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Gauteng is joining the switch to gas

The total allocated to gas-to-power in the South African national power plan is 3 726 MW, of which 3 000 MW is for LNG. In line with the plan, natural gas refuelling sites are now being established in the province.

The major economic sectors using gas are the metals sector and the chemical, pulp and paper sector. Brick and glass manufacturers are also big consumers. National policy in South Africa is driving a switch to the use of gas, rather than fossil fuels. A national Gas Utilisation Master Plan (GUMP) is being developed and as the province that is the biggest consumer of energy in South Africa, Gauteng is leading the way.

The Liquefied Natural Gas Independent Power Producer Procurement Programme (LNG IPPPP) is part of the broader programme of the Department of Energy which encourages private investment in renewable energy, namely the Renewable Energy Independent Power Producer Procurement Programme (REIPPPP). The total allocated to gas-to-power in the national power plan is 3 726 MW, of which 3 000 MW is for LNG.

In 2018, Delta Natural Gas Energy broke ground on the first of a planned 400 LNG refuelling stations around South Africa. The taxi and freight sectors are the first sectors being targeted. CNG Holdings subsidiary NGV Gas has a compressed natural gas (CNG) public filling station at Langlaagte, Johannesburg.

Natural gas refuelling sites are being established in the province. (Picture: CNG Holdings)

A new addition to South Africa’s pipeline network is a pipe to get natural gas from Mozambique to Gauteng. SacOil’s R90-billion project aims to deliver gas to Johannesburg and the nearby towns in 2020.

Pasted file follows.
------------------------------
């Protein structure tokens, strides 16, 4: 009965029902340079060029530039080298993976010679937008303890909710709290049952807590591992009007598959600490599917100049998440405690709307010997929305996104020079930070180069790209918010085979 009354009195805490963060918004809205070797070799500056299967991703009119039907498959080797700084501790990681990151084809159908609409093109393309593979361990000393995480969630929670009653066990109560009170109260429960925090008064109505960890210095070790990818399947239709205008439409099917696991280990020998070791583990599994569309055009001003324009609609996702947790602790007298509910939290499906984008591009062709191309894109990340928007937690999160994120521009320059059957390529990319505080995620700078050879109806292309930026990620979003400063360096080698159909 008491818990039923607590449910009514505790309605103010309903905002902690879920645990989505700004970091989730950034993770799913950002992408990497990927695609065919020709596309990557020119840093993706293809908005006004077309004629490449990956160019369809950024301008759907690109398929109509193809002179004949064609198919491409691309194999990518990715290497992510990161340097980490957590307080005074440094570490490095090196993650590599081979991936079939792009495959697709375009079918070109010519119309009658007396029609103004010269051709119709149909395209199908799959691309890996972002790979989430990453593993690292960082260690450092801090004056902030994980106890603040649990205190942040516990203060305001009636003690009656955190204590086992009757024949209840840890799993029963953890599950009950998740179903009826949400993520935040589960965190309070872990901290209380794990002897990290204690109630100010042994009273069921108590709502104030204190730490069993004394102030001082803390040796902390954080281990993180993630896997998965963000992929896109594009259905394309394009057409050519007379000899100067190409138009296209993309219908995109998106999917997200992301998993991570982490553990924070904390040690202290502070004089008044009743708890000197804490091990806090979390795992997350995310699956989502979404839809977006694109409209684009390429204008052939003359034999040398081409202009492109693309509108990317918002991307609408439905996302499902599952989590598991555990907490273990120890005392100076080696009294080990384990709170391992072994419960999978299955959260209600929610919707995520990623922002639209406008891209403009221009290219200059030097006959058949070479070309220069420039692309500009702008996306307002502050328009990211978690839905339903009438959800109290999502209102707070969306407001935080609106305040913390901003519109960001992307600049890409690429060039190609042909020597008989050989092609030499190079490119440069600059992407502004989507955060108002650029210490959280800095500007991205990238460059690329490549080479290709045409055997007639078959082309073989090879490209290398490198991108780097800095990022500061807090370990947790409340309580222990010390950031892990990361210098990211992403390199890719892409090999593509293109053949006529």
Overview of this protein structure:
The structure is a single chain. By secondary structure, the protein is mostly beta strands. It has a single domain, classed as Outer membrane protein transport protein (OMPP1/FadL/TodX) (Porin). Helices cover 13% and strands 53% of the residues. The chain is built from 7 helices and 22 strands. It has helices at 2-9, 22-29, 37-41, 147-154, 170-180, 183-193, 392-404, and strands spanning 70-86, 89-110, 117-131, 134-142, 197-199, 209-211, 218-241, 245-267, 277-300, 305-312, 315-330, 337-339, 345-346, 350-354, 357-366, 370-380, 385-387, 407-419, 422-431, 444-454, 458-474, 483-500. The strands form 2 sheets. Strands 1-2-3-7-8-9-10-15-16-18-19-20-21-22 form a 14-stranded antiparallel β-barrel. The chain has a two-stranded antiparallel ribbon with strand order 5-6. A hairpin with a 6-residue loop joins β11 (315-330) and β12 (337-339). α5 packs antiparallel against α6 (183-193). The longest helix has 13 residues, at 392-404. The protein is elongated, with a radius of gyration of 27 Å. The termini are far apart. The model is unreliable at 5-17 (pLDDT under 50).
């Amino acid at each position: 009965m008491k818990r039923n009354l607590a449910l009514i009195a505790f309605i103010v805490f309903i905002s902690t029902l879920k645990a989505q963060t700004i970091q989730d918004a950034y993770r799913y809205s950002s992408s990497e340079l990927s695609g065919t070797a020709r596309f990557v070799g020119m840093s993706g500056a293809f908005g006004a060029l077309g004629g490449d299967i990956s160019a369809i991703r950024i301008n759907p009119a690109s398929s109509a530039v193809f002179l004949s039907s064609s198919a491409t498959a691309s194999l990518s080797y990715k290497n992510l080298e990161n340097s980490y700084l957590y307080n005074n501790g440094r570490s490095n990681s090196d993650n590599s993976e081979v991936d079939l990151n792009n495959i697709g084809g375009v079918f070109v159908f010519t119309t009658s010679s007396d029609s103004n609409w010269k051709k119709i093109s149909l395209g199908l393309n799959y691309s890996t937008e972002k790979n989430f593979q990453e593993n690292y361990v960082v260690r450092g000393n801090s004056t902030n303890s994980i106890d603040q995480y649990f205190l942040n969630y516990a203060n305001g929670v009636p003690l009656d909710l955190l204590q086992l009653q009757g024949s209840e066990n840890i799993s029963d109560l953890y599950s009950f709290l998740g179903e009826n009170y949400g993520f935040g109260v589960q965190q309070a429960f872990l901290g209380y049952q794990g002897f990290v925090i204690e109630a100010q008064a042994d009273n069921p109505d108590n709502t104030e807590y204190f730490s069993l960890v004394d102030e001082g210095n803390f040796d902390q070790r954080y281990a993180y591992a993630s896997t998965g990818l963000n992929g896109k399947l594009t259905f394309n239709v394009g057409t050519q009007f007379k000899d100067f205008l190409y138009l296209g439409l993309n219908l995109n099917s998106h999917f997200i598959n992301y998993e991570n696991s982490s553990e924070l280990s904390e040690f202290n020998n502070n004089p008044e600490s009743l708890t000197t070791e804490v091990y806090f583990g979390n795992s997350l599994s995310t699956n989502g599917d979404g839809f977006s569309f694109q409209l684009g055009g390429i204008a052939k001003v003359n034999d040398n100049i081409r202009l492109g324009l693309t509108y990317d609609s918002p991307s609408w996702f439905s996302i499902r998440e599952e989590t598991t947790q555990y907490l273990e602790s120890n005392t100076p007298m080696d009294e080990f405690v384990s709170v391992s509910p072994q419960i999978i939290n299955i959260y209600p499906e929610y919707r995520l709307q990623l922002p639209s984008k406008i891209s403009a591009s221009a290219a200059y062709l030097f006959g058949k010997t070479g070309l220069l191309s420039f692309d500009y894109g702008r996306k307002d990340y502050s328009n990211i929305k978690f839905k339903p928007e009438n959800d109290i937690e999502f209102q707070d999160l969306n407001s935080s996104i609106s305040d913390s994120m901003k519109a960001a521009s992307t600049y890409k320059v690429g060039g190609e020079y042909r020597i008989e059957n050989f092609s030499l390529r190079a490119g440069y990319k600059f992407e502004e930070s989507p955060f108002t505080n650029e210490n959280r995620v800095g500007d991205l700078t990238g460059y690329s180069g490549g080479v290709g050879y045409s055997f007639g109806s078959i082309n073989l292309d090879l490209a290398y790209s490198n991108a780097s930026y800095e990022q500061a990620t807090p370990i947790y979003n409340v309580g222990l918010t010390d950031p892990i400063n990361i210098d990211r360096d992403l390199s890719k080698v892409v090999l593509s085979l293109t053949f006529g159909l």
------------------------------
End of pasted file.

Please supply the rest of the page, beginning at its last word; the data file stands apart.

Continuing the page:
Transnet Pipelines has completed a sophisticated new multi-product pipeline (NMPP) between the coast and Gauteng which is bringing a range of products to the manufacturing heartland of South Africa. The company operates a 3 800 km network of underground, high-pressure petroleum and gas pipelines throughout the eastern parts of South Africa.

The country’s biggest supplier of industrial heating fluids, FFS Refiners, supplies this product out of a plant at Chloorkop while the company’s Evander site is responsible for heavy fuel oils. Evander also has a tank with installed capacity of 8 500 m³.

Egoli Gas has a pipeline network that extends over 1 200 km in and around Johannesburg and the company has 7 500 domestic, industrial and commercial customers. Vopak completed a new storage terminal in Lesedi on the East Rand in 2017 to receive product from the NMPP. The company that owns Egoli Gas, Reatile, has a 30% stake in Vopak.

The regulator and promoter of oil and gas exploration in South Africa, Petroleum Agency South Africa, has been awarding coalbed-methane-gas and natural-gas rights in the provinces on Gauteng’s border, Free State and KwaZulu-Natal. The regulator also controls offshore exploration rights.

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